Agile Forest

Find your path to agility with Renee Troughton

All my blogs are highly self-opinionated. This one is going to be even further out there.

We have all hopefully had a good look at Daniel Pink’s amazing work on motivation. But despite this knowledge how do most organisations still currently manage motivation and performance?

They almost always still have yearly bonuses. Maybe this is because CEOs are motivated to get their yearly bonus and hence they think everyone else will be equally motivated for theirs. If all of our bonuses were several million dollars I am sure we would all be willing to conduct deplorable activities such as offshoring half of our work to third world nations… oh wait… no I have morals (well enough not to do this), that and I know it actually won’t work.

Most organisations still do the whole ‘you aren’t cutting it so I need to have a serious talk to you’ discussion.

Have you ever worked in an organisation where you haven’t felt motivated? Did you enter that organisation with such a low level of motivation? Of course not. People don’t enter organisations unmotivated – organisations make them unmotivated. Who do the organisations blame for this? The person of course!

I think there is something seriously wrong in this world if it is a CEO’s attitude that unmotivated people should quit, as if they are dead weight that the organisation cannot learn anything from. They performance manage these people in the hope of making them even further uncomfortable that they will leave. I say this as if it is an intentional plan, because it is in some organisations. To be honest it sickens me.

I have had the privilege to speak to some people who this has happened to. They haven’t explained their lack of motivational issues to the HR bodies of the organisation because they feel strongly that the HR bodies do not care or refuse to do anything about it. Their common causes of motivational derailment:

  • Bullying
  • Sexual harassment
  • Doing endlessly monotonous work
  • Not having the opportunity to do what they do best
  • Not being listened to (talking to the wind)
  • A long-term physiological or psychological illness (manifesting into stress of lack of performance)

In all these instances these people were labelled as being ‘at fault’ by their management and forced into a performance review process. Does the above items really seem like the employee’s fault? And yet when they leave senior management have the attitude “Well done! We got rid of that highly unengaged person.”

What have they done ? They have basically not fixed a really bad problem and instead will introduce someone else into the loop of misery, all the while leaving a permanent dent on someone’s mental health. I am so incredibly angry about this.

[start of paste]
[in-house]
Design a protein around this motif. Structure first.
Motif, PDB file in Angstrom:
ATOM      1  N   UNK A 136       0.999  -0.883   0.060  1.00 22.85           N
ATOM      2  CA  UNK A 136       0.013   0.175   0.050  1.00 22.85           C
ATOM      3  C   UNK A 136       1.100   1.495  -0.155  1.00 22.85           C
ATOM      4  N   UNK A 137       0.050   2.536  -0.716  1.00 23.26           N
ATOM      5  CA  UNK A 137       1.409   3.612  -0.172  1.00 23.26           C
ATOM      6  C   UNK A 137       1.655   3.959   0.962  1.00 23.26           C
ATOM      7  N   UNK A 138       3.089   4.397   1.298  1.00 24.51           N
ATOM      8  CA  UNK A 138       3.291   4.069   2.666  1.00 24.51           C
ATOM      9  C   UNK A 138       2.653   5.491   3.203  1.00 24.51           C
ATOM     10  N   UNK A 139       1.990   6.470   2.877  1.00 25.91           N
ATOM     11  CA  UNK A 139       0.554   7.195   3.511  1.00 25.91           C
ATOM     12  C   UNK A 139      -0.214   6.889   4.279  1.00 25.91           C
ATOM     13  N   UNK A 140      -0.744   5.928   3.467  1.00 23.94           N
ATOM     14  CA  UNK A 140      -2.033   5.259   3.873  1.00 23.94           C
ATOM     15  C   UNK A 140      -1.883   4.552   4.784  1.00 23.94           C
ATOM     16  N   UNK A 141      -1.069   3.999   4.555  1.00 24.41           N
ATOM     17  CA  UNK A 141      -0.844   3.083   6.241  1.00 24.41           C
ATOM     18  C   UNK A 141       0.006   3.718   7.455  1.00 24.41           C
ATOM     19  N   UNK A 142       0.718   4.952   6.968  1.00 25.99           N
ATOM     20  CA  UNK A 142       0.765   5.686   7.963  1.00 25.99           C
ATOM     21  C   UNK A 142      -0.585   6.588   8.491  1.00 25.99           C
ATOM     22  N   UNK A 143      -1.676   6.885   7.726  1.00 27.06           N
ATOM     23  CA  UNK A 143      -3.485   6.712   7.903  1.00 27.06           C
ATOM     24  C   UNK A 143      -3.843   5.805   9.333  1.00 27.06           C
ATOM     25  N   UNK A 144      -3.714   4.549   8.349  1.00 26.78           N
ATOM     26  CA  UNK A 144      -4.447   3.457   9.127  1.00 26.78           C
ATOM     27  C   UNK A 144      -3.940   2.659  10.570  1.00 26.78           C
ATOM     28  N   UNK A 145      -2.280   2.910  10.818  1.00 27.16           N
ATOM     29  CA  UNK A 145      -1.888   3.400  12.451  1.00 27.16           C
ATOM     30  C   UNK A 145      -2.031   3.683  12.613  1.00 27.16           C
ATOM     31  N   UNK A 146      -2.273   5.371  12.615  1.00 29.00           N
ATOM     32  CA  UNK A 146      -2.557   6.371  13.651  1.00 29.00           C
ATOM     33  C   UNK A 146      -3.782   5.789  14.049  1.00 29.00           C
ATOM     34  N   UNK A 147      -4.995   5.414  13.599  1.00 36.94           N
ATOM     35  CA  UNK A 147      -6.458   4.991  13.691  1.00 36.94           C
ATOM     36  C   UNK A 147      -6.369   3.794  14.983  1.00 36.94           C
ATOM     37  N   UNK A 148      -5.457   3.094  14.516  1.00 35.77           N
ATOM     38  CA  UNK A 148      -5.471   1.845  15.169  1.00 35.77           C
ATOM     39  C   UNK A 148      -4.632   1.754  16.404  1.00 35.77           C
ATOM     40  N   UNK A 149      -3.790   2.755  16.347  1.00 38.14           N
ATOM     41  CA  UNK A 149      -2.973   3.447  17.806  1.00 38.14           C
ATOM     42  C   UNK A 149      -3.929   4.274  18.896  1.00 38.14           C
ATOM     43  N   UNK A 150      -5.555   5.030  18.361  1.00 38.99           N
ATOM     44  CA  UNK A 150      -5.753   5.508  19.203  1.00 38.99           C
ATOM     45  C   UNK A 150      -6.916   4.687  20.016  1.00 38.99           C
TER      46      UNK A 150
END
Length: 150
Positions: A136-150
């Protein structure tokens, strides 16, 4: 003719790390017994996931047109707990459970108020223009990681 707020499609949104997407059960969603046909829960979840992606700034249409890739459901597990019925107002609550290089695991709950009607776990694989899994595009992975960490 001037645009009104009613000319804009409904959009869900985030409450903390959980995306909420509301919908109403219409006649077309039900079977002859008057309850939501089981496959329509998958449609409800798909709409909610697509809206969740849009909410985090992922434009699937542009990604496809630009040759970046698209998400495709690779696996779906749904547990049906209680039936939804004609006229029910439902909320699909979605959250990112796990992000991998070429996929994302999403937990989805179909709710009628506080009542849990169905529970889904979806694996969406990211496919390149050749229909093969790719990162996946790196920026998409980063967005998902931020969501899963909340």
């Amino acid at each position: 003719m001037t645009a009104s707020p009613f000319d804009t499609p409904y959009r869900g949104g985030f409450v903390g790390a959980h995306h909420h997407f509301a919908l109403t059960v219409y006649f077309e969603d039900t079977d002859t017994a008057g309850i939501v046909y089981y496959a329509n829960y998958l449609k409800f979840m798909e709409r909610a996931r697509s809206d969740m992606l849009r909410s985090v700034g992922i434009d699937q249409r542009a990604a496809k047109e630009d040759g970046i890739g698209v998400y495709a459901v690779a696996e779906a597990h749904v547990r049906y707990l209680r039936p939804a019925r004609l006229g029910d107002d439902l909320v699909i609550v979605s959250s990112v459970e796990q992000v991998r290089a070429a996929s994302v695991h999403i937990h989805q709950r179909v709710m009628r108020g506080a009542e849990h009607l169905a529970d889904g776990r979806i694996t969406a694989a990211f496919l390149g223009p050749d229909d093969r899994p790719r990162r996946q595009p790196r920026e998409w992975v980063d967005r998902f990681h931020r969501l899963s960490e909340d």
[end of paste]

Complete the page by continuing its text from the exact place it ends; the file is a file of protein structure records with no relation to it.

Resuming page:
What needs to be done:

  1. Stop having the attitude that “we need to get rid of the poor or unengaged performers” and replace it with “we need to listen and start changing the culture around here”
  2. Start asking who your HR group is meant to be supporting – the managers or the people? Let me give you a hint, if is just the managers then you are wrong.
  3. Stop telling poor performers that they suck, start listening to them. Start asking questions like “When you joined this organisation what sort of environment were you hoping for?”, “How can we change the work that you do or the way that you do it so it can be more fun?” and “How can we make you more in control of what you do on a day-to-day basis?”
  4. Don’t jump to the conclusion that a poor organisational score on managing performance means you have to get rid of people. Find out why people rated the organisation that way and rather than manage them out work with them to improve their motivation and performance.
  5. Be aware that people are smart. If you tell someone ‘stop doing x’ they will game it, they will do it, but the underlying discontent and unhappiness will remain; it will likely manifest elsewhere or result in other actions. It is better to get a positive outcome for the employee and the organisation then just the organisation.
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3 thoughts on “Motivation and performance

  1. Rawr! The queen has spoken. You’re absolutely right on point here. We need to fundamentally change the way people view…. and…. oh dear… “care” about each other.

  2. Jordan says:

    Well, see, we agree 10,000% on something. We all need to blog about this more and I’ll be doing some postings along these lines as well.

    It kills me that half the planet or more (as far as PHB’s go) wants to hire above average talent for below market wages… as if… and as you allude to the offshoring etc, is even more farcical.

    When the managers start realizing that just like they have cash incentives, and could theoretically work for other employers based on compensation, that everyone else with a brain deserves similar consideration in terms of merit and talent based compensation, etc.

    If you want to have above average people, you have to have above average wages, and above average working environment. It’s just common sense.

    People talk a lot about TPS on agile blogs, but toyota invests 6 years into an engineer before they really expect to reap significant benefits…

    How many companies nurture, grow, enhance salaries along the way, to retain people for 3 years let alone 6-15 years? The whole people culture needs to change to value talent and contribution and not just have a walmart replaceable cogs mentality.

    It’s a race to the bottom or a race to the top and with most of these companies it’s decidedly the former and needs to be the latter.

    Kudos!
    Jordan

    1. Look forward to reading your blog on this Jordan. The more noise we can make about changing this the higher the chance that someone will take notice and make a change.

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